There’s very little that I’d call conventional about the Louisiana High School Athletic Association’s upcoming annual convention.
Thanks to a wide range of agenda items, it’s hard to know whether LHSAA member principals will approve proposals that change the structure and/or the future of the organization.
Will administrators split the LHSAA in sports other than football, opt to bring things back together in some fashion or continue with the current system of select/nonselect playoffs for football only?
As one LHSAA observer said last week, “The silence is deafening.”
Principals are playing it close to the vest, presumably waiting to see what is said at this week’s area meetings.
Here’s my idea — why not take an unconventional approach to the two-week sequence that begins Tuesday with the start of area meetings across the state?
Like most sports organizations, the LHSAA is known for its playoffs and championship events. Why not consider this week’s area meetings and the LHSAA convention Jan. 28-30 to be a different kind of post-season bracket?
The area meets set for Shreveport, Monroe, Alexandria, Lafayette, Baton Rouge and New Orleans would be your semifinals. The convention in Baton Rouge would of course be the final.
The LHSAA brain trust of incoming Executive Director Eddie Bonine, Interim Executive Director Jimmy Anderson and President Vic Bonnaffee of Central Catholic will try to drive their points home during the area meetings.
The LHSAA executive committee issued a position statement against widening the split to include other sports. That will be a major “talking point.”
I expect the LHSAA leaders to ask member schools for time and patience as Bonine prepares to take over in March. The message is simple — don’t make any radical changes until the new guy has a chance to fashion a solution for the LHSAA’s public school vs. private school issues.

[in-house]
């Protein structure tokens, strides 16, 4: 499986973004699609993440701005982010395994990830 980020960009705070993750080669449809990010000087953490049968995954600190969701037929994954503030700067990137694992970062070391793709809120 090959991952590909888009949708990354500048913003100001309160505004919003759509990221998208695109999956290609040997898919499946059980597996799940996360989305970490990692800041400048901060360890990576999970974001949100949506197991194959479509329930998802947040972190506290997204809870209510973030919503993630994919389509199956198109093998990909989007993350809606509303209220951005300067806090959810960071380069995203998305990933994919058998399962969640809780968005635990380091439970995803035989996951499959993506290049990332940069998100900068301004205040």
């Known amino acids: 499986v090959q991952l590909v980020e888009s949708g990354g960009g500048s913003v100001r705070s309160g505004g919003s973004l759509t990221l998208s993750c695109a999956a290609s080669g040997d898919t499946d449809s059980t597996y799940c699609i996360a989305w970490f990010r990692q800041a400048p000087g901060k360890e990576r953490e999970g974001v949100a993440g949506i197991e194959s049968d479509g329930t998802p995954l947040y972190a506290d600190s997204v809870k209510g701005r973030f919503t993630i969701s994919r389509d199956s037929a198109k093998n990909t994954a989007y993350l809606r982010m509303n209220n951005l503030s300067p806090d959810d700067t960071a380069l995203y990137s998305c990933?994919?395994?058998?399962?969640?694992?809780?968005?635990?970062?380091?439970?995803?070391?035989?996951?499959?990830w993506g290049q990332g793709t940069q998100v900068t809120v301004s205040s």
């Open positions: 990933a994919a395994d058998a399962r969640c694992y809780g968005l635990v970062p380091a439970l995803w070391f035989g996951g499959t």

Others, including Many Principal Norman Booker III, will have their own “talking points.” Booker has proposals that would expand the split to include basketball, softball and baseball.
Three executive committee members, Ouachita’s Todd Guice, Ruston’s Ricky Durrett and West Ouachita’s Mickey Merritt, have their own proposals that would bring things back together, formulating a 6A class for the LHSAA’s largest schools and some schools that opt to play up in classification.
This proposal is expected to be amended to tweak some points. An enrollment-multiplier it would use to classify private schools may be one of those points. Whether schools would be allowed to play up in class in individual sports instead of all sports could also be part of the discussion.
Once the area meetings are done, LHSAA principals will have eight days before advancing to the LHSAA’s version of the “final” — the Jan. 30 general assembly vote. Instead of a game plan, principals are charged with making the right moves to govern an organization of nearly 390 schools.
The process seems a whole lot different than the games we cover. Perhaps not so much. This time the winner will have the most votes, not points.